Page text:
My grandparent’s small, hunter green house withstood many regiments of rain, along with the storms and hurricanes they suckered into town. It sat at 512 Couevas Street, about a mile from Keesler Air Force Base and only blocks from the beach. Fairly weatherproof, two additions had been proudly hand-built by my grandfather, a dedicated lumberyard worker. Inside its four rooms during heavy rainstorms, buckets and small pots or pans were positioned in place over the linoleum floor, catching rainwater that intruded from a rusted hole in the tin roof. Daddy Dewey tackled each new hole as best he could, but just hadn’t gotten to others yet. Plap, plap, pling! as water hit heavy, metal bottoms, then plunk! as each receptacle began to slowly fill up. Yet we were kept warm and comfy inside by handmade quilts and little, portable, ceramic space heaters, despite rambunctious drops of rain or cold drafts of air that somehow stole their way inside.
Some days of window rain I spent lying quietly on the bed reading a library book, interrupted only by thunder or a rumbling in the ground that signaled a fast approaching train passing through at the southern end of Couevas. There, the tracks lay just yards from Biloxi’s Ice House. The train’s whistle left me wondering where travelers had come from and where they might now be going. Other rainy days included playing with paper doll cutouts, covering each figure with a new dress and accessories. It mattered whether my scissors were sharp enough to cut new designs from magazine pages. It was equally important to prevent folds or tears in the paper. An only child living with her grandparents must learn to find fun, solitary, and entertaining things to do while waiting out the rain.
It wasn’t until one day decades later, when I found myself lying quietly in bed reading a book, that I rediscovered window rain. Snuggled underneath the covers, I had not only watched it fall, but I heard it progress to a heavier than usual pounding on the roof. It had arrived in a rare, swift, heavy downpour, while a train whistled somewhere in the distance.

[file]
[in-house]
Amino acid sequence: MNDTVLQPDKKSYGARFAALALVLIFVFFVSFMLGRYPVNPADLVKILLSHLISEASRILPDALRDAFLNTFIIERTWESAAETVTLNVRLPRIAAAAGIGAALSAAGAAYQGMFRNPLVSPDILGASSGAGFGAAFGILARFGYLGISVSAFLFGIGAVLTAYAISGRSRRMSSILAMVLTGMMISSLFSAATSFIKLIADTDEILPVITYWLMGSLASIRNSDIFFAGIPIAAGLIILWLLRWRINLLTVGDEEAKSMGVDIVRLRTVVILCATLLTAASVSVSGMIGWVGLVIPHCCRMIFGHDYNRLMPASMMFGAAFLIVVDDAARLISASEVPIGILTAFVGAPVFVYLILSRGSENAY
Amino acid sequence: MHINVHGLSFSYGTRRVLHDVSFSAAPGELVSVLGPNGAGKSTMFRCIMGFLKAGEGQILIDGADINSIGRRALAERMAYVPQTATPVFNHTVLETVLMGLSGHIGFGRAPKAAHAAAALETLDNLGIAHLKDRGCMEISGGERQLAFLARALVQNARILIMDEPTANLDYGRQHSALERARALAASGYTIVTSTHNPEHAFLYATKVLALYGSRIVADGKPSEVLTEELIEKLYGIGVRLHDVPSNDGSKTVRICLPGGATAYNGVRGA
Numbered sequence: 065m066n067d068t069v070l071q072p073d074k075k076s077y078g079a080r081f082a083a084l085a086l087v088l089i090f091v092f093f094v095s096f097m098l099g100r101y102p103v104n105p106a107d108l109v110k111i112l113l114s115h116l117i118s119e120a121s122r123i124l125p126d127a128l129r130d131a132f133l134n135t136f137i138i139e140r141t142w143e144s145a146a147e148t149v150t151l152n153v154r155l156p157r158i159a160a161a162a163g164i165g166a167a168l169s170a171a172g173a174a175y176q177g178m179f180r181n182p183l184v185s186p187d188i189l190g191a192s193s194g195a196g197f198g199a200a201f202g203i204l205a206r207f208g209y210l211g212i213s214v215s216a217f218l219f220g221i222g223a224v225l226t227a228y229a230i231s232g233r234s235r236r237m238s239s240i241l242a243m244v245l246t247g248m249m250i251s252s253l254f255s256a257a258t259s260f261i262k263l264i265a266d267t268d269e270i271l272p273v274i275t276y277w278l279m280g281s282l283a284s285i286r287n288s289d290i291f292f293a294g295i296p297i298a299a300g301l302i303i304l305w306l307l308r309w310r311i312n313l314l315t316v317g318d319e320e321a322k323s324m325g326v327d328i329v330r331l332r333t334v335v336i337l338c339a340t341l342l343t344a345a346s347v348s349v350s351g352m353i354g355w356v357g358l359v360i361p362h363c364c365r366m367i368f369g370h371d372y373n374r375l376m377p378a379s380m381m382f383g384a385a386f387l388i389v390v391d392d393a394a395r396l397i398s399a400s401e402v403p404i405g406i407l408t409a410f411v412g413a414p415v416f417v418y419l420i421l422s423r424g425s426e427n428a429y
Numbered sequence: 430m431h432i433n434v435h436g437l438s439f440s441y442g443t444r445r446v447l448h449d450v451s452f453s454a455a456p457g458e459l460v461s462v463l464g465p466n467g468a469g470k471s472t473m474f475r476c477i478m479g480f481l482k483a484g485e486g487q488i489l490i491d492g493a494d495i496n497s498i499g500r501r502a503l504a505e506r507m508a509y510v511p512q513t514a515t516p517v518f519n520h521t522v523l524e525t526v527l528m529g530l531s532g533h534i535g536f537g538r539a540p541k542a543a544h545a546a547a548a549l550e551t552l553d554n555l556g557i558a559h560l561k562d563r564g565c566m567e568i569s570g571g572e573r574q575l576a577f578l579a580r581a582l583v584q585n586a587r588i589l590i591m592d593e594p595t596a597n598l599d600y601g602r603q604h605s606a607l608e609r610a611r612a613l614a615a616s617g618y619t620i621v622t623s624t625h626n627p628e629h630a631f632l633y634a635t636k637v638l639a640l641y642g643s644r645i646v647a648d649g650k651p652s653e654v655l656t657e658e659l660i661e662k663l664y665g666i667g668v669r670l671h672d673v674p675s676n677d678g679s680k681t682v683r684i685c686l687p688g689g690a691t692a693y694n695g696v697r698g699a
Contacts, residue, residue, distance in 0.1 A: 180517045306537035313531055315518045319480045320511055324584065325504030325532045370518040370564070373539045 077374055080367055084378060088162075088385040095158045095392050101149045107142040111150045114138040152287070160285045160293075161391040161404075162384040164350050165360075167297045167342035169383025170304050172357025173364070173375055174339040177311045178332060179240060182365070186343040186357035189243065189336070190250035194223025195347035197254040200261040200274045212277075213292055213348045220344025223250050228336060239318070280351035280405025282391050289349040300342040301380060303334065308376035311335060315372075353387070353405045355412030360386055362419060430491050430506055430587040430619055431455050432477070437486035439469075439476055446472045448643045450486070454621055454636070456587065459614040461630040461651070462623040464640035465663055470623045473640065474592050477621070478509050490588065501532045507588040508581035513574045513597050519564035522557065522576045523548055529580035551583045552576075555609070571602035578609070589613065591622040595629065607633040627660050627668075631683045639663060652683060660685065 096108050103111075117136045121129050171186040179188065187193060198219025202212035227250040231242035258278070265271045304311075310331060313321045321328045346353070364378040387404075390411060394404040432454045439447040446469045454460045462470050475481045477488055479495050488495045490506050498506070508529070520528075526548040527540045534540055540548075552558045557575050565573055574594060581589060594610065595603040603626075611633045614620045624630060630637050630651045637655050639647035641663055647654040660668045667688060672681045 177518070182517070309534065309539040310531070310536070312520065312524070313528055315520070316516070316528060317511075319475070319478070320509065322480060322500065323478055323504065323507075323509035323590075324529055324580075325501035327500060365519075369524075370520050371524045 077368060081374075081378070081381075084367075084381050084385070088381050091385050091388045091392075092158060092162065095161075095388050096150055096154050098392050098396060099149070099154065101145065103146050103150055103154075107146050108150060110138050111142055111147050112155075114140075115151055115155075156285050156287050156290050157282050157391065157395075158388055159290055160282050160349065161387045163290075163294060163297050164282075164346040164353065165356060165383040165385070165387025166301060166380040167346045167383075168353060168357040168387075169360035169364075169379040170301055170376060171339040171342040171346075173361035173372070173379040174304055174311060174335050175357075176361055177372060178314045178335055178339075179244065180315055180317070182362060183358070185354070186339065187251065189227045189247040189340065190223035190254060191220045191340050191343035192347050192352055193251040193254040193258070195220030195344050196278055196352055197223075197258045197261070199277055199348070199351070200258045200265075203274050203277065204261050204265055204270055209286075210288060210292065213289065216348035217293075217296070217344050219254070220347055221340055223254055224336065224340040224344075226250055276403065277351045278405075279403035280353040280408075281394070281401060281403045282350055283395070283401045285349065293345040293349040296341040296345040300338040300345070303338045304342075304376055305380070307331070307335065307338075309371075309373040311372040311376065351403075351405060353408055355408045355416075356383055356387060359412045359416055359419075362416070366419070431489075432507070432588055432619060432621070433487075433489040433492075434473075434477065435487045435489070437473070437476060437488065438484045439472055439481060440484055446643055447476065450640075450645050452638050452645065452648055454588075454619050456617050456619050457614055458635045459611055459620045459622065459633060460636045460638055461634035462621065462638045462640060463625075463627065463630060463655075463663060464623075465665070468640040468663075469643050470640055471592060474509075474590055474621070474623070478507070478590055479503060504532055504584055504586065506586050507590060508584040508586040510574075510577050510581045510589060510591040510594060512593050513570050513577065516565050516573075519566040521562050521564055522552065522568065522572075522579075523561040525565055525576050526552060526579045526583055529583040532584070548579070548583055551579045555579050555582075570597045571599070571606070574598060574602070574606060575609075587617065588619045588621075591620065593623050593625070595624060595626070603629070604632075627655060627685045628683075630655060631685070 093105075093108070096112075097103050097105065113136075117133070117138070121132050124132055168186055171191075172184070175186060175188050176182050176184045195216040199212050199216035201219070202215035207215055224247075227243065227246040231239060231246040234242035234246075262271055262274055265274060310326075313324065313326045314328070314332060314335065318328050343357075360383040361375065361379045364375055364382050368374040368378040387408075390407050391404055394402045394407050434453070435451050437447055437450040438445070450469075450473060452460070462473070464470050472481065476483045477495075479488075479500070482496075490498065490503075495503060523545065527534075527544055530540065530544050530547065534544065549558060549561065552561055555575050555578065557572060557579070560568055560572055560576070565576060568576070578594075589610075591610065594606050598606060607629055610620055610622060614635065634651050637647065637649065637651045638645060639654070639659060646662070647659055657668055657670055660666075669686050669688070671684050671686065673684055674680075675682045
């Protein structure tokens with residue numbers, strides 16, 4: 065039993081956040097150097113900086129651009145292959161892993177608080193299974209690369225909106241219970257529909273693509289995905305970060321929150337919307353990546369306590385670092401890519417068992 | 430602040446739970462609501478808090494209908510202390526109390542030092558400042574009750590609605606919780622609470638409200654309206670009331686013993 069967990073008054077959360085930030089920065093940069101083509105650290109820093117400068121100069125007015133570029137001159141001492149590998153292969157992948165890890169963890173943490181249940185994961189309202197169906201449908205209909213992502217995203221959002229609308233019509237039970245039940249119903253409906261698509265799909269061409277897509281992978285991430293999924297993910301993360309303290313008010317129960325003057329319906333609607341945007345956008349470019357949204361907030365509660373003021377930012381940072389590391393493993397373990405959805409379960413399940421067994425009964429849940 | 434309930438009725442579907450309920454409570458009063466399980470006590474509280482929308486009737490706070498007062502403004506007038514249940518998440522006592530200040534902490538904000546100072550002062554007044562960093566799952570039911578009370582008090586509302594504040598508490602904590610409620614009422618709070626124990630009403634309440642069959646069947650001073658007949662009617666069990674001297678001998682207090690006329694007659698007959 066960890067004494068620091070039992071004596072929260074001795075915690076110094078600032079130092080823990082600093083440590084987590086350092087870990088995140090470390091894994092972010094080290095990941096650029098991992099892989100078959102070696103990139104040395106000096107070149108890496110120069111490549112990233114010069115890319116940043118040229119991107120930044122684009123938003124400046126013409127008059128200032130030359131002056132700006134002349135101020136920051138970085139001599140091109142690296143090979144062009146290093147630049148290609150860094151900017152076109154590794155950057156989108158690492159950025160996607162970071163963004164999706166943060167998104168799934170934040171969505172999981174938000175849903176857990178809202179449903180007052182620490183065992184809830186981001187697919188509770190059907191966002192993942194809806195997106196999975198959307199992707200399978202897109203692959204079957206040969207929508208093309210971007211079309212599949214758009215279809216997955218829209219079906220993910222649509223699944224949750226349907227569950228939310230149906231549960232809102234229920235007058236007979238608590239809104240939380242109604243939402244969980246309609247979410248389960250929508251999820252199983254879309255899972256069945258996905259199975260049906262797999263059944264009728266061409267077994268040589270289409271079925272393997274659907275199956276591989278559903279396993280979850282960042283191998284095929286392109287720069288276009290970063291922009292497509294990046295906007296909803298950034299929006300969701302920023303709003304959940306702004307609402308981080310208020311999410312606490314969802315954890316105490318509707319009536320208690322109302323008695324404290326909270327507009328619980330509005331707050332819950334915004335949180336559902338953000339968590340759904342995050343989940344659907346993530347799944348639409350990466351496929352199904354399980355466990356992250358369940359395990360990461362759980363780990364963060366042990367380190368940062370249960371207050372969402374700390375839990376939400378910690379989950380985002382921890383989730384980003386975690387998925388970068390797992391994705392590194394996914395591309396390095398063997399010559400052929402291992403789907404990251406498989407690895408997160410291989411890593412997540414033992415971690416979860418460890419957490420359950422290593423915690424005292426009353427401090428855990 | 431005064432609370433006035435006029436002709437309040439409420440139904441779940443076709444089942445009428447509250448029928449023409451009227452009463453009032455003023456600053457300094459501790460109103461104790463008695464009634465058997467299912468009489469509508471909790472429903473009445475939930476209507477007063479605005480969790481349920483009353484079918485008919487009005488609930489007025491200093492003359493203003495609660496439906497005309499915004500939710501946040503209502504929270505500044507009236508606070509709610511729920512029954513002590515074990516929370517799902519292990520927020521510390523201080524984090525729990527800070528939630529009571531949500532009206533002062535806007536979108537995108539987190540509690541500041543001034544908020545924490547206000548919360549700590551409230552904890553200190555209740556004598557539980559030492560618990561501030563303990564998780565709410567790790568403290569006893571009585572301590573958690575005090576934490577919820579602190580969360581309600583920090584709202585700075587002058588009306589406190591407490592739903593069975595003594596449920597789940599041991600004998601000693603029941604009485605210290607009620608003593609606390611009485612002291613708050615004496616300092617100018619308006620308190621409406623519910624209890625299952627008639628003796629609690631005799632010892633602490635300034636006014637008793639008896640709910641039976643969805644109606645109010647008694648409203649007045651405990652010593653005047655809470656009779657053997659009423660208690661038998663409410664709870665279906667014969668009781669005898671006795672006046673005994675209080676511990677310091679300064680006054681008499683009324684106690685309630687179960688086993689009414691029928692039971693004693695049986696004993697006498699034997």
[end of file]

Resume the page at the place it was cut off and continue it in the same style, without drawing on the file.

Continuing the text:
Why hadn’t I heard these sounds before now? Where had they been?
Somehow, I’d long since forgotten them both—the rains and trains, and how together they’d often kept a nine-year-old girl and her books and paper dolls company. I’d failed to recall the contentment that came from simple conversations with people who loved and protected you from the thunder, lightning, and uninvited rainstorms. I’d forgotten about a community of people who seldom feared hurricanes like Katrina while respecting those like Camille. Whether folks sheltered in place in their homes or moved to safer ground seemed to have no rhyme or reason at all. They just did or didn’t, then got on with whatever challenges the storm left behind.
Today, the Mississippi Gulf Coast welcomes its tourists. It is illuminated with restaurants, hotels, and neon casino lights from tall buildings. But our family loves remembering the little house on Couevas Street and all that she has weathered. We treasure her days ahead. The address has long since been enumerated with another number and the hull rebuilt with red brick, courtesy of the city.
But the rain still comes. It always will.
Somehow, in the years after leaving Biloxi, I’d overlooked how it feels to live with rain, the kind that drops down from thick clouds. I’d learned to live without it, that is, until a drizzle and faint train whistle out west reminds me what I’ve been missing for far too long.
I’d simply forgotten how to appreciate rain, its coming and its going.
Ah, the rains of two coasts, one sorely missed in the summertime of the South, and the other welcomed in spring or found wandering aimlessly through wintry days out West. Perhaps it isn’t only the window rain itself that I miss now, but rather the clarity and comfort of being content inside, and out of the rain that really waters my soul. Or just maybe, remembering it patiently, through the window of a child’s eyes is now what I look forward to hearing, seeing, and feeling even more.